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"The Aviator" soars then crashlands - CinemaDave

Feb. 3rd, 2005 12:10 am "The Aviator" soars then crashlands

In biographical dramas, it is common practice to
incorporate the protagonist into the Aristotelian
tragic hero formula. The hero achieves great things
but is destroyed by a character tragic flaw. Leonardo
Di Caprio and Director Martin Scorcese have fashioned
a film about one of the towering figures of the 20th
Century, Howard Hughes. "The Aviator" follows textbook
drama of Shakespearian proportions; complete with
Hughes' aeronautical arrogance mixed with his
vulnerable underbelly of being a momma’s boy.

"The Aviator" focuses the most famous portion of
Howard Hughes public life, from 1927 thru the late
forties. Yet the first image is of a nude teenage boy
standing in the bathtub being taught by his mother the spelling
words for communicable diseases. The movie abruptly
shifts to an adult Howard Hughes (Di Caprio) in an
airfield as he prepares to produce the aviation epic
"Hell's Angels." Hardware Store Mogul Hughes has
decided to diversify his earnings into the fields of
aeroplane research and movie making.

While seeking to build a bigger, better and faster
airplane, Hughes romances the most glamorous stars of
Hollywood, Jean Harlow (Gwen Stefani) Katherine
Hepburn (Cate Blanchett) and Ava Gardner (Kate
Beckinsale). As Hughes grows in public statue, he
makes enemies with his business competitors, most
notably the Head of Pan Am (Alec Baldwin).

"The Aviator" works as a movie for three reasons;
performance, action sequences and soundtrack. Leonardo
DiCaprio's performance strikes the correct balance
between iconic leading man with emotional empathy. He
is quite believable as the Smilin Jack aviator with
that of a tortured mind suffering from germ phobia.
Even with computer enhancement, the aviation sequences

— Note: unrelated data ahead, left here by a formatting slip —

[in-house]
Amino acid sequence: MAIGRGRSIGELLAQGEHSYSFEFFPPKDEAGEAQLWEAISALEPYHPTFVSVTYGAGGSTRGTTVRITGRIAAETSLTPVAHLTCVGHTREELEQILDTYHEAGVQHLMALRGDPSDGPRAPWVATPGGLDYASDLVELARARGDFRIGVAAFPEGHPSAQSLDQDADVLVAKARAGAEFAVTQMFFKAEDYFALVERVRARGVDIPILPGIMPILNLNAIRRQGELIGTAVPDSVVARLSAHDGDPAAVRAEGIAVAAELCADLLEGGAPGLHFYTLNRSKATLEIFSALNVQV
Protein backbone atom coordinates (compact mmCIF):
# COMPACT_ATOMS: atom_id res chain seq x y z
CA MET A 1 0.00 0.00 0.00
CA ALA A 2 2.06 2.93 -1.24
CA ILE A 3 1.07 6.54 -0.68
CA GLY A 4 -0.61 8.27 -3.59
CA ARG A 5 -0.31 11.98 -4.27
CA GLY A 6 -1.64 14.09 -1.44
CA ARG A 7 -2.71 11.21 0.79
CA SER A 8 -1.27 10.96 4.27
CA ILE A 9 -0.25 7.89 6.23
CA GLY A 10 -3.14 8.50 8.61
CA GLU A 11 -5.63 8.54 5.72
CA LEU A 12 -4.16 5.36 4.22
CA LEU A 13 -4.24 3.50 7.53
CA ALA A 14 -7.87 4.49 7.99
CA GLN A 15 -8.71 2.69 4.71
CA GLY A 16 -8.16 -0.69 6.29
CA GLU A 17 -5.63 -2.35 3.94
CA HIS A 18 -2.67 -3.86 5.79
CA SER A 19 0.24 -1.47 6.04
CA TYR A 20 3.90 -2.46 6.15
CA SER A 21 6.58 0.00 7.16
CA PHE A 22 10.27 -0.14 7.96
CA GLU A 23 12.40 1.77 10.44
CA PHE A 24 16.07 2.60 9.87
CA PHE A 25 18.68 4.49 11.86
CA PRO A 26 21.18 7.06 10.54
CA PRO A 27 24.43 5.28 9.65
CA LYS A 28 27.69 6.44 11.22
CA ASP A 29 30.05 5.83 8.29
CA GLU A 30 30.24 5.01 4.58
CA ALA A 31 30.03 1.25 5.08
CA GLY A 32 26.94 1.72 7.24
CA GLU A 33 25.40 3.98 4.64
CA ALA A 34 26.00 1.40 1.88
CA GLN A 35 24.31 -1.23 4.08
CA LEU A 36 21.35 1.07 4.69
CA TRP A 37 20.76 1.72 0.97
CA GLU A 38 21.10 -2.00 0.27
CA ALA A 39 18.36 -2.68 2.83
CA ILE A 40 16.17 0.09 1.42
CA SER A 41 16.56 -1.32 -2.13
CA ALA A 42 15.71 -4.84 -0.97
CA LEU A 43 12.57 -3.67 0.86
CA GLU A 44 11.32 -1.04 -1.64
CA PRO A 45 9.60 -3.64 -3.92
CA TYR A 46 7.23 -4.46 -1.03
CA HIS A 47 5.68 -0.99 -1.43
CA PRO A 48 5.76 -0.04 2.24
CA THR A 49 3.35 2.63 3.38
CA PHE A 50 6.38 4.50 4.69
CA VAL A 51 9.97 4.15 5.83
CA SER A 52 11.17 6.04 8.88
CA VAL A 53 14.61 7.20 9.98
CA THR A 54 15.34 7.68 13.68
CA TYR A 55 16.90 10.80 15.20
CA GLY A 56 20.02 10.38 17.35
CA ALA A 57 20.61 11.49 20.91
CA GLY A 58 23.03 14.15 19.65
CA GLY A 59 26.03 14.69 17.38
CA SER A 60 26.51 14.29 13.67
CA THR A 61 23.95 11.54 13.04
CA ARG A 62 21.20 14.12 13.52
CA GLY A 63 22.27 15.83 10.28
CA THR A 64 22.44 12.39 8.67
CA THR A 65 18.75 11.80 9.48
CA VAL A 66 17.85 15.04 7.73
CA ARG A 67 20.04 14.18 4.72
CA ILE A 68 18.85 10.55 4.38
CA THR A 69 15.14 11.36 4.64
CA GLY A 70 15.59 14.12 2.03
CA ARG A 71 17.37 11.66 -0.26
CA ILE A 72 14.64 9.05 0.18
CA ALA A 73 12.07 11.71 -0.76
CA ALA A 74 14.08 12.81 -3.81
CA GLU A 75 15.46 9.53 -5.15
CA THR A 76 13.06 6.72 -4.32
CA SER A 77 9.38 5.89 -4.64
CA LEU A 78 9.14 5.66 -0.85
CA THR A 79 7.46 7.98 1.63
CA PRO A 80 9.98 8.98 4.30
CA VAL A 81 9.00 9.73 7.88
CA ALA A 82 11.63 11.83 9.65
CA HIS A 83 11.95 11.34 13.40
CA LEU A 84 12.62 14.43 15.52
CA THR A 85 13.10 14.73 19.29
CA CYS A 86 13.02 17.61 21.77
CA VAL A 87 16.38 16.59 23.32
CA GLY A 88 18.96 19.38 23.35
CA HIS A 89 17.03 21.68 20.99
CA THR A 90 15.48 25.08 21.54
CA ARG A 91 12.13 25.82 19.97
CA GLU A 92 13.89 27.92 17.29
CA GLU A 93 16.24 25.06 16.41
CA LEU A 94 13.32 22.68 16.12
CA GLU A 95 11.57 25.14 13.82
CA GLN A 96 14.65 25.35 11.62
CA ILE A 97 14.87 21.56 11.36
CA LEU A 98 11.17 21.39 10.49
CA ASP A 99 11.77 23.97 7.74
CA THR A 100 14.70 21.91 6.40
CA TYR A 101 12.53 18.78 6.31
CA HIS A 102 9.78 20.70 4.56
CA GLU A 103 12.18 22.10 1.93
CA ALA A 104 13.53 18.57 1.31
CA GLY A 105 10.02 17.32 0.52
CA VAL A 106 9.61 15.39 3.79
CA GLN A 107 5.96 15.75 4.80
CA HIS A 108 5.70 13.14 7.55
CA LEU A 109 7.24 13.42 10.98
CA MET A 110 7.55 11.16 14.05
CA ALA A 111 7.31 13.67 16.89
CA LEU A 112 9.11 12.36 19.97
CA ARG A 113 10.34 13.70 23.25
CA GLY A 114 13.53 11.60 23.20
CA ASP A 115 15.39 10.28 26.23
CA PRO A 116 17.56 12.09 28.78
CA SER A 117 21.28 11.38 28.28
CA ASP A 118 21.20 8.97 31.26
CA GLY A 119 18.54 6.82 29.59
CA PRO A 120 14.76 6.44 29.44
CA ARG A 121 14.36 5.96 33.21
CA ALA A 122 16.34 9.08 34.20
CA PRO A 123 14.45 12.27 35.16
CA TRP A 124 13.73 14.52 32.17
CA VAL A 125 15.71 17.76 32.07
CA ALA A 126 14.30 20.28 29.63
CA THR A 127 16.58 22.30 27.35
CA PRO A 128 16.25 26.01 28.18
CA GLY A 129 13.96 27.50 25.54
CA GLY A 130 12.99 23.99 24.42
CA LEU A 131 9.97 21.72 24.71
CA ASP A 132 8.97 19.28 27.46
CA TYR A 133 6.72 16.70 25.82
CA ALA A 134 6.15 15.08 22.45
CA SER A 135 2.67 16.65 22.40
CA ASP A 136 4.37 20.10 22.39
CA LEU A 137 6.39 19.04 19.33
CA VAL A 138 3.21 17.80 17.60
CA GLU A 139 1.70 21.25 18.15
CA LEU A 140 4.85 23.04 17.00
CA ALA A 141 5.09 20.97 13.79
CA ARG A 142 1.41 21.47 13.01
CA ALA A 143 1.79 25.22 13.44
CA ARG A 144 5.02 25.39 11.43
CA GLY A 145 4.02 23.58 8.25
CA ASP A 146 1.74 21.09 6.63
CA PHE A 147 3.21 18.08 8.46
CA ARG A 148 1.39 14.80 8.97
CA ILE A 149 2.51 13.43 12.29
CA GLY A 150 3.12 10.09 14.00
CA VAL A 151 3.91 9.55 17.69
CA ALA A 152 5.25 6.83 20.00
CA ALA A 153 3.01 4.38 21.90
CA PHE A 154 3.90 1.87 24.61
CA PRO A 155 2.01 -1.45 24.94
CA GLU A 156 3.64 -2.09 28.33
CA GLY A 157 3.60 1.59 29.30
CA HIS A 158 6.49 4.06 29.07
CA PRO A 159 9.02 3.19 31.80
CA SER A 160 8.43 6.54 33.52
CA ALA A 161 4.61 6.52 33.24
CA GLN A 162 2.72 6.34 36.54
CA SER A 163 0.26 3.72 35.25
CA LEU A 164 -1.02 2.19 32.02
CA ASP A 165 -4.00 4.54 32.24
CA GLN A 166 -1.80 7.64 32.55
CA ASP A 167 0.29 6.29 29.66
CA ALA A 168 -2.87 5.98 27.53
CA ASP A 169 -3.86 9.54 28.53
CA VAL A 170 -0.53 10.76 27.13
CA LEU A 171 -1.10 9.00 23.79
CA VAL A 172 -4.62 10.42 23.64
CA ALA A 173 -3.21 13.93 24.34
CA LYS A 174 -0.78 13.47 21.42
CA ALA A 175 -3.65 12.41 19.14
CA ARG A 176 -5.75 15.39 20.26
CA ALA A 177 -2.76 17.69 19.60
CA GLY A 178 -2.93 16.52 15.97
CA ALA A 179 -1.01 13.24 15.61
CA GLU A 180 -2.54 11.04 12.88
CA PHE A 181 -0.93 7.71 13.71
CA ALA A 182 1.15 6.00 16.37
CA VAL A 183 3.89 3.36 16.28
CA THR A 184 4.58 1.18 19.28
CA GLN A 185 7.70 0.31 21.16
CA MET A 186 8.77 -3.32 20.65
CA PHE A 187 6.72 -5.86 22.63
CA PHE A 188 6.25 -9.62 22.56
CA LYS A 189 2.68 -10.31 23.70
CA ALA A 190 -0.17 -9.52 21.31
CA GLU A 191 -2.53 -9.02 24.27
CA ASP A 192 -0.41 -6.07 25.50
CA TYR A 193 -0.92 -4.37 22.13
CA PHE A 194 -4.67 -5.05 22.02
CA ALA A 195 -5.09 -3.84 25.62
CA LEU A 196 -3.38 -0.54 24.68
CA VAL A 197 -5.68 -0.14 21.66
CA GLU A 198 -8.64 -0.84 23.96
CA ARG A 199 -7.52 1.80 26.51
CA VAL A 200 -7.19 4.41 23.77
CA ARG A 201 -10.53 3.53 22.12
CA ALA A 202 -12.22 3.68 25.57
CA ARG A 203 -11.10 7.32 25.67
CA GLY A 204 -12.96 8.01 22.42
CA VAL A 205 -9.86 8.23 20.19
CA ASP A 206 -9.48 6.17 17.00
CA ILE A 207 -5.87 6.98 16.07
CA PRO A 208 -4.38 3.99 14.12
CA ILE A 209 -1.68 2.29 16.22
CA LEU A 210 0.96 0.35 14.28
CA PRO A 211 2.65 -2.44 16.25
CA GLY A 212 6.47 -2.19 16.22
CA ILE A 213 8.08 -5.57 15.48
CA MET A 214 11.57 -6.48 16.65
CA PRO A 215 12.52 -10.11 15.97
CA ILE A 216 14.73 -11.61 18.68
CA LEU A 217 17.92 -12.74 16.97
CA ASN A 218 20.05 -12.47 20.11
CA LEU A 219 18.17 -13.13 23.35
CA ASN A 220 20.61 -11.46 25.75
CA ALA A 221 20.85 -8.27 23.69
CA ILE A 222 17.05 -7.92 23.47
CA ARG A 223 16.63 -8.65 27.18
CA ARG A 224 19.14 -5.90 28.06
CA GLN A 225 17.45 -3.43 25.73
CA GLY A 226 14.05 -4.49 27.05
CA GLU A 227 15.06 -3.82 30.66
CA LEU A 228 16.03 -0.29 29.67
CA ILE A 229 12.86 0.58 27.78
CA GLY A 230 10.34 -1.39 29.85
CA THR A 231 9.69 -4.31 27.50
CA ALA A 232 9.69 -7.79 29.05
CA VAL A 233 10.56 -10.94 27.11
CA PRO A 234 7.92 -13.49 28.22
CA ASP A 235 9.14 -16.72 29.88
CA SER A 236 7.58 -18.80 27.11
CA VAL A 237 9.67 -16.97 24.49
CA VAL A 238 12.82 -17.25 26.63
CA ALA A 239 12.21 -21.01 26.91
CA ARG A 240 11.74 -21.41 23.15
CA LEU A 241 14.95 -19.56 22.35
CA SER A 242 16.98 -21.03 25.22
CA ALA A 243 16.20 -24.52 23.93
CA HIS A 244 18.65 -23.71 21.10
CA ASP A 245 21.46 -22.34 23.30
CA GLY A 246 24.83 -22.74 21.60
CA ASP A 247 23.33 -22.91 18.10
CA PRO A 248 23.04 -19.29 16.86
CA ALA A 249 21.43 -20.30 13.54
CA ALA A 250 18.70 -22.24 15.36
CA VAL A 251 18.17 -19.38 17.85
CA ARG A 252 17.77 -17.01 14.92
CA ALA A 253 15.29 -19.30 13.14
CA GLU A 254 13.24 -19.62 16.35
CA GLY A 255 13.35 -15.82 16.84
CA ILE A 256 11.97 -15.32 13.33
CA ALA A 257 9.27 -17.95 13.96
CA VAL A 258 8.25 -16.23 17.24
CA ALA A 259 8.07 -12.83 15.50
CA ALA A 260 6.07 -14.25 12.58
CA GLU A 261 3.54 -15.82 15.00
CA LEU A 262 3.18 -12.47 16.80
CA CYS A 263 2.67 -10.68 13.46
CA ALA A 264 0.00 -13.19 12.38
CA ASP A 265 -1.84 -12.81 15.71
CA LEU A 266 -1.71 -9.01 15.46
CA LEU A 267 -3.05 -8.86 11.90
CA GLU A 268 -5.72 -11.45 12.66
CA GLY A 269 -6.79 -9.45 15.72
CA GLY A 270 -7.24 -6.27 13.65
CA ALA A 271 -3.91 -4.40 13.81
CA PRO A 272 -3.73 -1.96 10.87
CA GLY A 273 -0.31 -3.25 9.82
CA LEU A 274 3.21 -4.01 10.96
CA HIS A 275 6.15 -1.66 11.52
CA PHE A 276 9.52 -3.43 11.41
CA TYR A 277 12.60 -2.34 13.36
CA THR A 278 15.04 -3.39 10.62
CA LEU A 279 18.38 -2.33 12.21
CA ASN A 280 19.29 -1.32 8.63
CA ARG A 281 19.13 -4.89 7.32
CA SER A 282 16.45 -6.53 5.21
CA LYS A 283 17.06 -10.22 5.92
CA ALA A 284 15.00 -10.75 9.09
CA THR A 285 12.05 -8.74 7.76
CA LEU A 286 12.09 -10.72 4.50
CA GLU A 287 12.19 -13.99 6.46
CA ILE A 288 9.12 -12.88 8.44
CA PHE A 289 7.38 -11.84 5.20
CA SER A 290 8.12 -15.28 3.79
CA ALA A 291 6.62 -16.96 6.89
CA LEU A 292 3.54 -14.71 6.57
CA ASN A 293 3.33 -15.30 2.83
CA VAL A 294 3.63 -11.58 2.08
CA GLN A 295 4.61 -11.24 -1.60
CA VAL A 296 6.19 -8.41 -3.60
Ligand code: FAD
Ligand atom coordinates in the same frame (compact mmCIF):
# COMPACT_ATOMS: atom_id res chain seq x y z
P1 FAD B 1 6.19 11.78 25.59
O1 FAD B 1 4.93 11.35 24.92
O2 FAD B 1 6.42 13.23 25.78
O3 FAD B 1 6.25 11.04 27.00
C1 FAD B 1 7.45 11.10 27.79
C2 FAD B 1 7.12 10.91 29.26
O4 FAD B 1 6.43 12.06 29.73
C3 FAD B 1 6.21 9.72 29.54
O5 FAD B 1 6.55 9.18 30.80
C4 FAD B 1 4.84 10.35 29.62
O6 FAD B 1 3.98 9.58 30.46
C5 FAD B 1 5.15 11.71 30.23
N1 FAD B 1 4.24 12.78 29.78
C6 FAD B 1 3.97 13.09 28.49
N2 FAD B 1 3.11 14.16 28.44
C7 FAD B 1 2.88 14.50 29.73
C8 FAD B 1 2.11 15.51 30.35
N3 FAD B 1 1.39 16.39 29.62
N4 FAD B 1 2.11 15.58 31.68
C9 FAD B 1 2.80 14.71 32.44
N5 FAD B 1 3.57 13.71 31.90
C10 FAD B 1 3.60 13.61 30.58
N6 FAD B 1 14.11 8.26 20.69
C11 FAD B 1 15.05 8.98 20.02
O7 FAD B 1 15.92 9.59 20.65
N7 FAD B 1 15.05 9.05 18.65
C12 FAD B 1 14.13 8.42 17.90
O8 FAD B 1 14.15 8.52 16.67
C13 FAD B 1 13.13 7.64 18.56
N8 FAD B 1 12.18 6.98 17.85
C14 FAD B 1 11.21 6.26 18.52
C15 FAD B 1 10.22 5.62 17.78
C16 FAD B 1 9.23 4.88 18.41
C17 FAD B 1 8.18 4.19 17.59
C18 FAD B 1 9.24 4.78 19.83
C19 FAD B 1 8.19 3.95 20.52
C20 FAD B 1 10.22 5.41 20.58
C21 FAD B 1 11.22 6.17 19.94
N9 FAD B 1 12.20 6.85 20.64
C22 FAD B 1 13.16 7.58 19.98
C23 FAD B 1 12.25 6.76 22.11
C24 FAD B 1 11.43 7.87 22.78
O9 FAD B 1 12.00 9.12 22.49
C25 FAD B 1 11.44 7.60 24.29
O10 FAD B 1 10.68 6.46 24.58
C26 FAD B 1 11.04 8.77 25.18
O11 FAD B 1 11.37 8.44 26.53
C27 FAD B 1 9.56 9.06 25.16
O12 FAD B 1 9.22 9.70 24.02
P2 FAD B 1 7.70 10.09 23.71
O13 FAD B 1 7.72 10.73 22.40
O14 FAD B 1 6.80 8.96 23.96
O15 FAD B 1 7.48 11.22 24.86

are inspirational for their pioneering spirit. Cinematographer
Robert Richardson's vivid sequences allows the action to proceed
within the camera frame. The musical soundtrack from the Greatest
Generation is utilized to support the story in a sophisticated way.
One interesting tidbit - when Howard Hughes and Ava Gardner breaks up,
Martin Scorsese utilizes an Artie Shaw tune. Artie Shaw was one of
Ava Gardner's future husbands.

"The Aviator" falters due to the length of nearly three
hours and the choice of screenplay situations. The
film opens at a breakneck pace of aircraft flight
innovation mixed with art deco cool of Coconut Grove.
The film slows down with Hughes' mental breakdown and
the Senate investigation into his war profiteering.
Given how well the film was executed in the first
half, the drama becomes an overlong saga of a hero who
must overcome his made-for-television-disease-of-
-the-week. As Senator Brewster, Alan Alda adds a note
of humor to keep the dual of intellect interesting
during the Senate investigation.

During private scenes, one becomes conscious of the dramatic license
during the sequences involving Katherine Hepburn, Ava
Gardner and Errol Flynn. Academy Award winner, John
Logan, screenwriter for "The Last Samurai" "Star
Trek: Nemesis" and "RKO 251" and "Gladiator,"
should have known better. Forgetting Aristotelian Drama,
these sequences inspire neither pity not fear.

"The Aviator" will make a run for the Oscars. It has been well
received by the Golden Globes and this film might finally land
Martin Scorcese his best director statue. Despite some well directed
shots and steady performances, one walks away from "The Aviator"
feeling hollow.

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